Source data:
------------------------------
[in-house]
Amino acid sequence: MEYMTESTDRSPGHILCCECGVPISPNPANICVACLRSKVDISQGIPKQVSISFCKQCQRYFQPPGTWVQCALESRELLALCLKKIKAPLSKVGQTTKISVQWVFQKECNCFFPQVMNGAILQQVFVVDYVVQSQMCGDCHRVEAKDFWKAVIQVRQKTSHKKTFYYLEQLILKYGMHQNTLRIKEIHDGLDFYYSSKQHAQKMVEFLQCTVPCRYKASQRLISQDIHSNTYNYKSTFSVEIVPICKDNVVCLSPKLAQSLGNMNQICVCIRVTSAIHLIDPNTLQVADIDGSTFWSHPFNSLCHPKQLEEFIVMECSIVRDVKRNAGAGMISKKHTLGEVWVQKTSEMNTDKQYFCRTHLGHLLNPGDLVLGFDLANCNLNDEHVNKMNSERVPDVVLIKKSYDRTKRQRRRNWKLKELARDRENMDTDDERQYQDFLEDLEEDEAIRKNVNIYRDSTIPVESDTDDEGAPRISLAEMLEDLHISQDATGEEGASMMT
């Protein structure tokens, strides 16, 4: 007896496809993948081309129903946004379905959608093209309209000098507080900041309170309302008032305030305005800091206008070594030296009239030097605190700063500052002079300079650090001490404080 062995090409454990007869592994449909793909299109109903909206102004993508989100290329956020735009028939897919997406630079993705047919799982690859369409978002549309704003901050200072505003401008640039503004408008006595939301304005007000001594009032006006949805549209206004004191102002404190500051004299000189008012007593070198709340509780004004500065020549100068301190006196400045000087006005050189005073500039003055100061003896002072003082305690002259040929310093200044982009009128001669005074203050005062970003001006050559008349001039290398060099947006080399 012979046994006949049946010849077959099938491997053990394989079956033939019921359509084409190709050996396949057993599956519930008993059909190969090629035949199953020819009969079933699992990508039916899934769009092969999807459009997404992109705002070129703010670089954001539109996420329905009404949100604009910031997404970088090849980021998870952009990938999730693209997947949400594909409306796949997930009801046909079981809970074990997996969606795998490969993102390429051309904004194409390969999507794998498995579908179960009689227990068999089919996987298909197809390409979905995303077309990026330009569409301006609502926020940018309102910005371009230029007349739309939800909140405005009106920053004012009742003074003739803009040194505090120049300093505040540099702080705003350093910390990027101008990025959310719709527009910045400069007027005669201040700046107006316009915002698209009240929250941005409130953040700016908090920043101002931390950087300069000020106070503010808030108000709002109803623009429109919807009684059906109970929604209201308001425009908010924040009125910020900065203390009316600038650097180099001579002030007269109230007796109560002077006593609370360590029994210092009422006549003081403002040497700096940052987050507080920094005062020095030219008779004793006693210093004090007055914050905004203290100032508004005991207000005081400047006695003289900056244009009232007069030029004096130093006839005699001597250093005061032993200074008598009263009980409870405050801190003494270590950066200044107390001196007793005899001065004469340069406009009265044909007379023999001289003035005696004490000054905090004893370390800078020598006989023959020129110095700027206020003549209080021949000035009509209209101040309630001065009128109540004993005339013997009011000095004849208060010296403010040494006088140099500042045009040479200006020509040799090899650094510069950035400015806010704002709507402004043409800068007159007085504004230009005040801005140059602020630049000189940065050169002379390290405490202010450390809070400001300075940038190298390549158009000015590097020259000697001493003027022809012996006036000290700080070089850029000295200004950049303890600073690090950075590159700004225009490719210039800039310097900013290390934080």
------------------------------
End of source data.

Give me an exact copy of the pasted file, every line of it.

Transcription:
[in-house]
Amino acid sequence: MEYMTESTDRSPGHILCCECGVPISPNPANICVACLRSKVDISQGIPKQVSISFCKQCQRYFQPPGTWVQCALESRELLALCLKKIKAPLSKVGQTTKISVQWVFQKECNCFFPQVMNGAILQQVFVVDYVVQSQMCGDCHRVEAKDFWKAVIQVRQKTSHKKTFYYLEQLILKYGMHQNTLRIKEIHDGLDFYYSSKQHAQKMVEFLQCTVPCRYKASQRLISQDIHSNTYNYKSTFSVEIVPICKDNVVCLSPKLAQSLGNMNQICVCIRVTSAIHLIDPNTLQVADIDGSTFWSHPFNSLCHPKQLEEFIVMECSIVRDVKRNAGAGMISKKHTLGEVWVQKTSEMNTDKQYFCRTHLGHLLNPGDLVLGFDLANCNLNDEHVNKMNSERVPDVVLIKKSYDRTKRQRRRNWKLKELARDRENMDTDDERQYQDFLEDLEEDEAIRKNVNIYRDSTIPVESDTDDEGAPRISLAEMLEDLHISQDATGEEGASMMT
């Protein structure tokens, strides 16, 4: 007896496809993948081309129903946004379905959608093209309209000098507080900041309170309302008032305030305005800091206008070594030296009239030097605190700063500052002079300079650090001490404080 062995090409454990007869592994449909793909299109109903909206102004993508989100290329956020735009028939897919997406630079993705047919799982690859369409978002549309704003901050200072505003401008640039503004408008006595939301304005007000001594009032006006949805549209206004004191102002404190500051004299000189008012007593070198709340509780004004500065020549100068301190006196400045000087006005050189005073500039003055100061003896002072003082305690002259040929310093200044982009009128001669005074203050005062970003001006050559008349001039290398060099947006080399 012979046994006949049946010849077959099938491997053990394989079956033939019921359509084409190709050996396949057993599956519930008993059909190969090629035949199953020819009969079933699992990508039916899934769009092969999807459009997404992109705002070129703010670089954001539109996420329905009404949100604009910031997404970088090849980021998870952009990938999730693209997947949400594909409306796949997930009801046909079981809970074990997996969606795998490969993102390429051309904004194409390969999507794998498995579908179960009689227990068999089919996987298909197809390409979905995303077309990026330009569409301006609502926020940018309102910005371009230029007349739309939800909140405005009106920053004012009742003074003739803009040194505090120049300093505040540099702080705003350093910390990027101008990025959310719709527009910045400069007027005669201040700046107006316009915002698209009240929250941005409130953040700016908090920043101002931390950087300069000020106070503010808030108000709002109803623009429109919807009684059906109970929604209201308001425009908010924040009125910020900065203390009316600038650097180099001579002030007269109230007796109560002077006593609370360590029994210092009422006549003081403002040497700096940052987050507080920094005062020095030219008779004793006693210093004090007055914050905004203290100032508004005991207000005081400047006695003289900056244009009232007069030029004096130093006839005699001597250093005061032993200074008598009263009980409870405050801190003494270590950066200044107390001196007793005899001065004469340069406009009265044909007379023999001289003035005696004490000054905090004893370390800078020598006989023959020129110095700027206020003549209080021949000035009509209209101040309630001065009128109540004993005339013997009011000095004849208060010296403010040494006088140099500042045009040479200006020509040799090899650094510069950035400015806010704002709507402004043409800068007159007085504004230009005040801005140059602020630049000189940065050169002379390290405490202010450390809070400001300075940038190298390549158009000015590097020259000697001493003027022809012996006036000290700080070089850029000295200004950049303890600073690090950075590159700004225009490719210039800039310097900013290390934080």